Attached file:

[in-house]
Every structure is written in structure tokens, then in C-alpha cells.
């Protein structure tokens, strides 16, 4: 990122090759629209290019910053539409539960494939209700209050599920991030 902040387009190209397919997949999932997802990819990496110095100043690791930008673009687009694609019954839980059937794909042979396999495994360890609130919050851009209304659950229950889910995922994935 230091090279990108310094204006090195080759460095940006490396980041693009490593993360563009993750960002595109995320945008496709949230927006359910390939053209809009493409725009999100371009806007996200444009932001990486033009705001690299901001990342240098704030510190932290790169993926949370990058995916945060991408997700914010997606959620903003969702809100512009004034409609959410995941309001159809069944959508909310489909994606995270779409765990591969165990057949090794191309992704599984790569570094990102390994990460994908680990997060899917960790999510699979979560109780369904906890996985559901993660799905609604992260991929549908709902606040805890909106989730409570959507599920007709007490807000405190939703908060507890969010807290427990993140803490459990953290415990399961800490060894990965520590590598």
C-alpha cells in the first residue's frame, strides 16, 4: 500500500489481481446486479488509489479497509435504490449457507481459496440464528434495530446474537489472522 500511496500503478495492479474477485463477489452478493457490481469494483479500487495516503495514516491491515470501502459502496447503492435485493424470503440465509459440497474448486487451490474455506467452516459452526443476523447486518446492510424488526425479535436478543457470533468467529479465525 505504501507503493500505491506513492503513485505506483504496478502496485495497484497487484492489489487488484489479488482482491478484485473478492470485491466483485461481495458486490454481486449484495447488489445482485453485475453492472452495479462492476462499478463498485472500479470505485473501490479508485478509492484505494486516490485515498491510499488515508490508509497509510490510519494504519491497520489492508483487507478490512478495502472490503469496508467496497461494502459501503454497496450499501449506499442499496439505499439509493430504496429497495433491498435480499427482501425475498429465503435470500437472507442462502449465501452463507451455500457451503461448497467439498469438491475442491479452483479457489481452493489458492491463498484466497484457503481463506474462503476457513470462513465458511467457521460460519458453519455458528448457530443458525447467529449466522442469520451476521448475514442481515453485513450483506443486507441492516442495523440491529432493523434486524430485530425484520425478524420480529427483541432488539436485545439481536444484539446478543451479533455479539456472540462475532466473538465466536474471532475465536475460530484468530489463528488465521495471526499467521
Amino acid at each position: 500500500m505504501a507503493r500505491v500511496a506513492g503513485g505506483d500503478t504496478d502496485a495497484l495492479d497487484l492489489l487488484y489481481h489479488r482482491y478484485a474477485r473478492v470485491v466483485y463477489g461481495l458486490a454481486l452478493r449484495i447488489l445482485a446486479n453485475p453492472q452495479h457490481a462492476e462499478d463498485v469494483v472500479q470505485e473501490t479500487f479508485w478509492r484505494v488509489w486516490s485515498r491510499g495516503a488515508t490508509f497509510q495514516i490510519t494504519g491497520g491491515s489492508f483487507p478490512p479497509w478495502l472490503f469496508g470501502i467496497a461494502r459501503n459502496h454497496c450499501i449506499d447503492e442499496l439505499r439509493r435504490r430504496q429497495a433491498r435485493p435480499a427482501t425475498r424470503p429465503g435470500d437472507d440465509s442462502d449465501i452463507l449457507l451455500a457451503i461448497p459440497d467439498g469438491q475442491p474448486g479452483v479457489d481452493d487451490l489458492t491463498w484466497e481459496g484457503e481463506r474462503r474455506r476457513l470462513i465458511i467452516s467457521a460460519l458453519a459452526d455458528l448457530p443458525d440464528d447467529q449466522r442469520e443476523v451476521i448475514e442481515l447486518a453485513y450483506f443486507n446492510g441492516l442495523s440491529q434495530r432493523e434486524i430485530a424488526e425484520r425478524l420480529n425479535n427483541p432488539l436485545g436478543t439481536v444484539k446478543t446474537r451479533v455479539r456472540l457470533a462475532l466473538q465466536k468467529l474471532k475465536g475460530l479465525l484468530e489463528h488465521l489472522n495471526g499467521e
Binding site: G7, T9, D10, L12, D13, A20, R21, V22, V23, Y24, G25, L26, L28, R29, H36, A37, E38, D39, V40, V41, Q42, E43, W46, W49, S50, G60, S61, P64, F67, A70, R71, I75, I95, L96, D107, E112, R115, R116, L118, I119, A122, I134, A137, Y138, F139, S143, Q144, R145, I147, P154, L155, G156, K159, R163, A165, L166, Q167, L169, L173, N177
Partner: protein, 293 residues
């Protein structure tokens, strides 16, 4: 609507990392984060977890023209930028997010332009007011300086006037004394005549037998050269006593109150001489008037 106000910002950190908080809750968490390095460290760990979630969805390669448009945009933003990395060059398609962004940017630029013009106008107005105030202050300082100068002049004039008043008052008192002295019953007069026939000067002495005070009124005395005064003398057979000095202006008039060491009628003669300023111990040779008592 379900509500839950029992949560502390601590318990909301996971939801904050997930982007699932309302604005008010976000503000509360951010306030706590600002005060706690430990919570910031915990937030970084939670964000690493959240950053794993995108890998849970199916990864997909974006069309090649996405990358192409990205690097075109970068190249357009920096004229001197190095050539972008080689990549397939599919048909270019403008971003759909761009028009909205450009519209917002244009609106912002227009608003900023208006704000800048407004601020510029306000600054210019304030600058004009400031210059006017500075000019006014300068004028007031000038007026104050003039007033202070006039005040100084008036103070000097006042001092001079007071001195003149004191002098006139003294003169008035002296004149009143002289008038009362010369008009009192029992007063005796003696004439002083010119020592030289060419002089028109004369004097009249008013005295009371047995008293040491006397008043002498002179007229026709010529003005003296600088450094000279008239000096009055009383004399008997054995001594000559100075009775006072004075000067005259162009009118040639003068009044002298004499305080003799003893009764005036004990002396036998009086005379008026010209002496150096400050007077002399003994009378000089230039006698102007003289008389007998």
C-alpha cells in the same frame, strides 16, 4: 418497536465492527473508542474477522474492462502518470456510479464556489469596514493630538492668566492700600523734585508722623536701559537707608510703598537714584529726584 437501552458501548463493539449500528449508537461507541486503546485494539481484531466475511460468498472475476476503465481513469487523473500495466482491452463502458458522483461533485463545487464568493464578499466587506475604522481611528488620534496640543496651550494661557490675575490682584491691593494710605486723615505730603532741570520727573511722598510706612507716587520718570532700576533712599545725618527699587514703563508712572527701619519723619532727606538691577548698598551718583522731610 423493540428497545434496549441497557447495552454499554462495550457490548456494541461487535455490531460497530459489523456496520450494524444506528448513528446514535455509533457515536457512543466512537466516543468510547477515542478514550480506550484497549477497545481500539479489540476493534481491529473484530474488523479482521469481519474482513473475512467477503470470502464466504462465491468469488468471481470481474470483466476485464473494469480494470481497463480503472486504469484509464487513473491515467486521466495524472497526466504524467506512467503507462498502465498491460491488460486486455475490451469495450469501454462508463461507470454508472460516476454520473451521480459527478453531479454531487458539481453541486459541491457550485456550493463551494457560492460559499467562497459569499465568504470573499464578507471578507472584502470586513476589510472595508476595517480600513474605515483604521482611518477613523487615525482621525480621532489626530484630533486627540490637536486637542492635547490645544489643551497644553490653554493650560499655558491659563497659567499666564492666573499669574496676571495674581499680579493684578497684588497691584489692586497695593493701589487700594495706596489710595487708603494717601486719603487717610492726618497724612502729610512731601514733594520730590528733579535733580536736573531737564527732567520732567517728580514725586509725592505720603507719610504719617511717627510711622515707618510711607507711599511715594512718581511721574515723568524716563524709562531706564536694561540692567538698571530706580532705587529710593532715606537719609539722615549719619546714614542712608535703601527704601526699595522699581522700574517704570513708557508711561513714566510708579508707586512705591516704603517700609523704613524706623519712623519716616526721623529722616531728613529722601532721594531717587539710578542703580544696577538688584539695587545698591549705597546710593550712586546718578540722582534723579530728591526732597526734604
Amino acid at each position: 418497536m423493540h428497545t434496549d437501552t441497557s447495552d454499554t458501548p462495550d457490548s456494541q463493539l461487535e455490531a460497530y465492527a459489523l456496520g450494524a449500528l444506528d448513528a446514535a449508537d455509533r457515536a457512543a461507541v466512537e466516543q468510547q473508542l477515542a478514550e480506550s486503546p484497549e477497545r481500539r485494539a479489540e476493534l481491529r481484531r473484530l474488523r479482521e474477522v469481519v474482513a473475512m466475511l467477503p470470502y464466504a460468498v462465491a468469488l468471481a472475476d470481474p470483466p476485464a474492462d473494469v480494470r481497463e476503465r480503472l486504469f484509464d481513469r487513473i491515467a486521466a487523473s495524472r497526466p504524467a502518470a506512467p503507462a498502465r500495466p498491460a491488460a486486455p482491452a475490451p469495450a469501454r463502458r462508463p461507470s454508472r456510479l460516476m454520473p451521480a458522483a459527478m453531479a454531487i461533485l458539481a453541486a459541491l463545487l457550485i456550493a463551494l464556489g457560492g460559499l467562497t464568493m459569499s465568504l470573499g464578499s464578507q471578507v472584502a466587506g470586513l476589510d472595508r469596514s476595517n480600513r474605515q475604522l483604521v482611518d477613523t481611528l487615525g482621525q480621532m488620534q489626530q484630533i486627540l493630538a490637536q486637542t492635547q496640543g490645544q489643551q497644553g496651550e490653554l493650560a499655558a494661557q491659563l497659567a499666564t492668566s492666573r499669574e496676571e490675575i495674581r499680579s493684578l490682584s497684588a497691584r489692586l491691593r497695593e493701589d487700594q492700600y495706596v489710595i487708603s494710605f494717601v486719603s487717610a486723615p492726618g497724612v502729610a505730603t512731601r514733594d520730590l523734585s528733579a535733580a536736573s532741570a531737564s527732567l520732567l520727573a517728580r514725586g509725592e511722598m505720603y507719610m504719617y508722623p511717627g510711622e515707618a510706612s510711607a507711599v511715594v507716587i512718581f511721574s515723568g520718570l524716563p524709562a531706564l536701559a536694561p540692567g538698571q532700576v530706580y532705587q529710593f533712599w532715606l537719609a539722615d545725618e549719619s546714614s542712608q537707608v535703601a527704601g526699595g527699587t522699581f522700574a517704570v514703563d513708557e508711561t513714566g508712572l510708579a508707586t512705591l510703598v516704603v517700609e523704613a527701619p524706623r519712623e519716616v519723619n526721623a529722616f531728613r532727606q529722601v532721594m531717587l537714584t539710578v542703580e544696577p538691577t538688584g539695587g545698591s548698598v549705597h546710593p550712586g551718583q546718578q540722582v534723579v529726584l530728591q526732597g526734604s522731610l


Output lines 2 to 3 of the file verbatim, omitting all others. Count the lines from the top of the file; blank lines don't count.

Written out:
Every structure is written in structure tokens, then in C-alpha cells.
């Protein structure tokens, strides 16, 4: 990122090759629209290019910053539409539960494939209700209050599920991030 902040387009190209397919997949999932997802990819990496110095100043690791930008673009687009694609019954839980059937794909042979396999495994360890609130919050851009209304659950229950889910995922994935 230091090279990108310094204006090195080759460095940006490396980041693009490593993360563009993750960002595109995320945008496709949230927006359910390939053209809009493409725009999100371009806007996200444009932001990486033009705001690299901001990342240098704030510190932290790169993926949370990058995916945060991408997700914010997606959620903003969702809100512009004034409609959410995941309001159809069944959508909310489909994606995270779409765990591969165990057949090794191309992704599984790569570094990102390994990460994908680990997060899917960790999510699979979560109780369904906890996985559901993660799905609604992260991929549908709902606040805890909106989730409570959507599920007709007490807000405190939703908060507890969010807290427990993140803490459990953290415990399961800490060894990965520590590598």